So you’re going to Honolulu.
You want to see as much of the island of Oahu as possible, but you don’t really like guided group tours, and you don’t want to spend the money on a rental car. What do you do?
You take TheBus, of course.
Honolulu’s public bus system services the entire island of Oahu. This may sound impressive at first, but you have to remember that the island is only 44 miles long and about 30 miles wide. Meaning that it’s entirely feasible to use large buses to cart people all around it.
Yes, using TheBus on Oahu can definitely save you some cash if you plan to do a lot of traveling. But, if you’re not familiar with city bus travel or with the city of Honolulu, it can be a bit daunting. What bus should you take? How much will it cost? Where all can you go?
To help you out, I’ve compiled a few tips on using TheBus to navigate your way around Oahu.
Use a Google Maps App
Before you even head to a bus stop, download the free Google Maps app for your smartphone. Believe me, it is the most useful app to use when traveling around Honolulu (and probably a lot of other cities, too).
With this app, you are able to get bus directions for all of Oahu. Simply use the “Get Directions” feature, type in your beginning and ending points (exact addresses are best, but you can also use street names or attraction titles with city and state), and then select “public transit” in the “Travel by” section. Then, simply hit “Get Directions,” and Google will figure out all your route options.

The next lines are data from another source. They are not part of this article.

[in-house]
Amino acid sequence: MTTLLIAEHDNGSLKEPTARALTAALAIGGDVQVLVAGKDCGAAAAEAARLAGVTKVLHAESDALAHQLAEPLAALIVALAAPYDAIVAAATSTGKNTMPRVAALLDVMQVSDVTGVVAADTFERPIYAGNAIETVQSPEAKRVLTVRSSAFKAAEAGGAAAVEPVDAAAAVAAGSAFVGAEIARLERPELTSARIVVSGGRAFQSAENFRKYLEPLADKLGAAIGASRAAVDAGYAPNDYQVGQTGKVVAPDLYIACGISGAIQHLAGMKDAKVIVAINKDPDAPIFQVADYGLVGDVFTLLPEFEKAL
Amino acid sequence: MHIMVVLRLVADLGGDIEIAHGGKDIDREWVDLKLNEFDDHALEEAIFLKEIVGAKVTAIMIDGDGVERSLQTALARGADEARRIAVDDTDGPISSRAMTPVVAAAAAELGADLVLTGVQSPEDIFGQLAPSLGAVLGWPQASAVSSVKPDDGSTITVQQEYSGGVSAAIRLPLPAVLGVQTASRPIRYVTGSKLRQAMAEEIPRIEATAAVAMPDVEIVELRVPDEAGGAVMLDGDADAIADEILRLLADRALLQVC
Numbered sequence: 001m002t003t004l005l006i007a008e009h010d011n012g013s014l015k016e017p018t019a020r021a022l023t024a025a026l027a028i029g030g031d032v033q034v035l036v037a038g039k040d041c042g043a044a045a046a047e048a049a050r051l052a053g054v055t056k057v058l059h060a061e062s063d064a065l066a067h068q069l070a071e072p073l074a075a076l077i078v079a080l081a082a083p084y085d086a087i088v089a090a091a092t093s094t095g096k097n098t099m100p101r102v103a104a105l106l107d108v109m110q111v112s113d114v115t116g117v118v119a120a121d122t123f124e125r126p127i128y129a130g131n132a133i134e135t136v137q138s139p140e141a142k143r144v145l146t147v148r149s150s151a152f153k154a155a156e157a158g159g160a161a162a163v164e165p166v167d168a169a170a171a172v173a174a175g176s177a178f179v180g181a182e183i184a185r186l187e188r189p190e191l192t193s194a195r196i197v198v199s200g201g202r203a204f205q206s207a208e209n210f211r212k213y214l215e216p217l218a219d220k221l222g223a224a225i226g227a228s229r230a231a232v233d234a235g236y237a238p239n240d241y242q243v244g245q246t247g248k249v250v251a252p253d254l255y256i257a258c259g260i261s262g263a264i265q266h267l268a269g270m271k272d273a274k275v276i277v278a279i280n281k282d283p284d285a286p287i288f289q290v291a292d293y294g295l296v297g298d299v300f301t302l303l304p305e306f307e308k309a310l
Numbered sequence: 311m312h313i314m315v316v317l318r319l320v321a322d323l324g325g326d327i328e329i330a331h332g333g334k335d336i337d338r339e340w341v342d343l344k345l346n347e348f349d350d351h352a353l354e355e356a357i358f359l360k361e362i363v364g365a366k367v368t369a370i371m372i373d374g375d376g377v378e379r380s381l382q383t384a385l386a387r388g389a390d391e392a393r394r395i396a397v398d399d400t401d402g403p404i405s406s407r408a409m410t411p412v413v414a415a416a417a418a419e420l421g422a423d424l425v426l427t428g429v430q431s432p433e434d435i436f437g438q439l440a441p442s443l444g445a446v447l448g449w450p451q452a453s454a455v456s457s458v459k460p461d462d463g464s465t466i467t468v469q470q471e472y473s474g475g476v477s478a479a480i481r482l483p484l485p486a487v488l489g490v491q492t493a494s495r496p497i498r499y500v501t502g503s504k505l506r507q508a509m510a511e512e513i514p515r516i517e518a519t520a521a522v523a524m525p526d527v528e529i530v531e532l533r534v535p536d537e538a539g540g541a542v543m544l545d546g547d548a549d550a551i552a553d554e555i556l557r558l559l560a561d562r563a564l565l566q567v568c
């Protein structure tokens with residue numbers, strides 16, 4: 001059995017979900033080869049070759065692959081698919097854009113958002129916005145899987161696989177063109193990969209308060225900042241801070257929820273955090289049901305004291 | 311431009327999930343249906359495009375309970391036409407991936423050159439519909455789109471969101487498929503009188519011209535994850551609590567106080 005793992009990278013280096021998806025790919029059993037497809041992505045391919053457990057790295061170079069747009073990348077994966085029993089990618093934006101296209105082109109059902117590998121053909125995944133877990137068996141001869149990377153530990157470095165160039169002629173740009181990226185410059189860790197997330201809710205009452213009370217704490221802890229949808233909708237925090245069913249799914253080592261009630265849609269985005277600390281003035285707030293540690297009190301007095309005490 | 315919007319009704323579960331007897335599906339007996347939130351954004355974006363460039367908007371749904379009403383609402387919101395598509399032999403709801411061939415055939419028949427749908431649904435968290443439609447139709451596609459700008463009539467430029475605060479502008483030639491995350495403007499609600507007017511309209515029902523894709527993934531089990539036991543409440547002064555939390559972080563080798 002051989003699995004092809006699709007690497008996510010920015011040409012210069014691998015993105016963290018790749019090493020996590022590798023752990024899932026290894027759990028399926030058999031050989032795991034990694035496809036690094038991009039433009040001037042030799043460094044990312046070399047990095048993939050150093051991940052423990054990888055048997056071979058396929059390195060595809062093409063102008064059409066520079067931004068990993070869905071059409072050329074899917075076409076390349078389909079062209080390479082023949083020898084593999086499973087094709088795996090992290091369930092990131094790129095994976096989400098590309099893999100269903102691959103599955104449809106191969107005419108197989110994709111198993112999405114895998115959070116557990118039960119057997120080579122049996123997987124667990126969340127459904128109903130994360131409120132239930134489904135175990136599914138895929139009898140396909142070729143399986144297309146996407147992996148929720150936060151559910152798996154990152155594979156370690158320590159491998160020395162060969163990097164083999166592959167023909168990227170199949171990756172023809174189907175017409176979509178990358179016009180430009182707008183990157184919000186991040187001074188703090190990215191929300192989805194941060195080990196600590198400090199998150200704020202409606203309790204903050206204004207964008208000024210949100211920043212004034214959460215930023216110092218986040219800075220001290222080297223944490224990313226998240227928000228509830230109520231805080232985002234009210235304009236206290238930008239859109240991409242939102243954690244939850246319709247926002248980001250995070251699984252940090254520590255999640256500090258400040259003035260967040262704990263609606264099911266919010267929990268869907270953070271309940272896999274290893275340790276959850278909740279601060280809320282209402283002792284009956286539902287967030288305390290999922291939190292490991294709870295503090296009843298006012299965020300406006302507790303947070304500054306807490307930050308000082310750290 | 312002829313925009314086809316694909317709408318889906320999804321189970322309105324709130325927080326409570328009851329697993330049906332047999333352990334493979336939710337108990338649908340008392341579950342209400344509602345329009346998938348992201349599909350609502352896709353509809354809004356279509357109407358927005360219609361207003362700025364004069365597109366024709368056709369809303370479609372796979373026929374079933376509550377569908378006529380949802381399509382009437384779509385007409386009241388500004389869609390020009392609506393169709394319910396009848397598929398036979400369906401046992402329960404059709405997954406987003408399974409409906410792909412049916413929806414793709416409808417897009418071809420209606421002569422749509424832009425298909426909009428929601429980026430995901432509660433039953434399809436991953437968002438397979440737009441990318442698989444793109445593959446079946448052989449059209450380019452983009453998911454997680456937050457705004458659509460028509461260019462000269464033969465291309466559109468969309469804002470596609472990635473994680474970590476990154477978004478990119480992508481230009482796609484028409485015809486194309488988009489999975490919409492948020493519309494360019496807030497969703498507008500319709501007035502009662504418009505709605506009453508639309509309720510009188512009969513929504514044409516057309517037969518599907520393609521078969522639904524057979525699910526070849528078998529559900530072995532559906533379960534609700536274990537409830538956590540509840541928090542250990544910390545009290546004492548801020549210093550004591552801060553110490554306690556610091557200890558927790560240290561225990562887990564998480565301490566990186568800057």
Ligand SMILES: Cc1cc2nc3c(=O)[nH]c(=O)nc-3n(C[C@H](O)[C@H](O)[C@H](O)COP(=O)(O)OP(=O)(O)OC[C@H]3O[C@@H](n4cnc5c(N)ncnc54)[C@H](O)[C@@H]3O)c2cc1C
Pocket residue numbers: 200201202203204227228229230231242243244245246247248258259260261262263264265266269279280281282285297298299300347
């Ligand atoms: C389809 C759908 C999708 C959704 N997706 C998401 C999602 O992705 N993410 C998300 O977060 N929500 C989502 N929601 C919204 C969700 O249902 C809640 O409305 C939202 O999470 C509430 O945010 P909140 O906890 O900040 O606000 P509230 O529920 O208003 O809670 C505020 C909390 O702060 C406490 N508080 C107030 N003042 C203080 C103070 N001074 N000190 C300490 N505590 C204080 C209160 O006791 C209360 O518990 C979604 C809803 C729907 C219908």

It will tell you what bus to take and at what time, where the nearest stop is, and where to transfer buses. You can look at options “in the future,” and also get reverse directions. If you go to the “Map View,” you can see detailed walking directions to the nearest bus stop, and even follow the route as the bus is traversing it.
This really came in handy when I was bus-hopping on my own on multiple days.
Have Exact Change or Buy a Bus Pass
A ride on the Honolulu bus costs a set price of $2.50. You need to have exact change, which you feed into a machine right next to the driver. The driver will then give you one transfer ticket that is valid for a couple of hours (though, it seemed like you could get away with using it beyond the expiration time, as long as it was used on the same day that you got it).
If you don’t want to carry around that much change and worry about losing those transfer slips, however, consider buying a 4-day bus pass. These passes cost $25 and can be purchased at any ABC Store in Honolulu, and at a variety of other convenience shops. They allow you unlimited use on ALL of Oahu’s bus routes, including Express ones. $35 might seem like a lot, but if you are using TheBus frequently (such as taking more than 4 buses per day), you’ll get your money’s worth.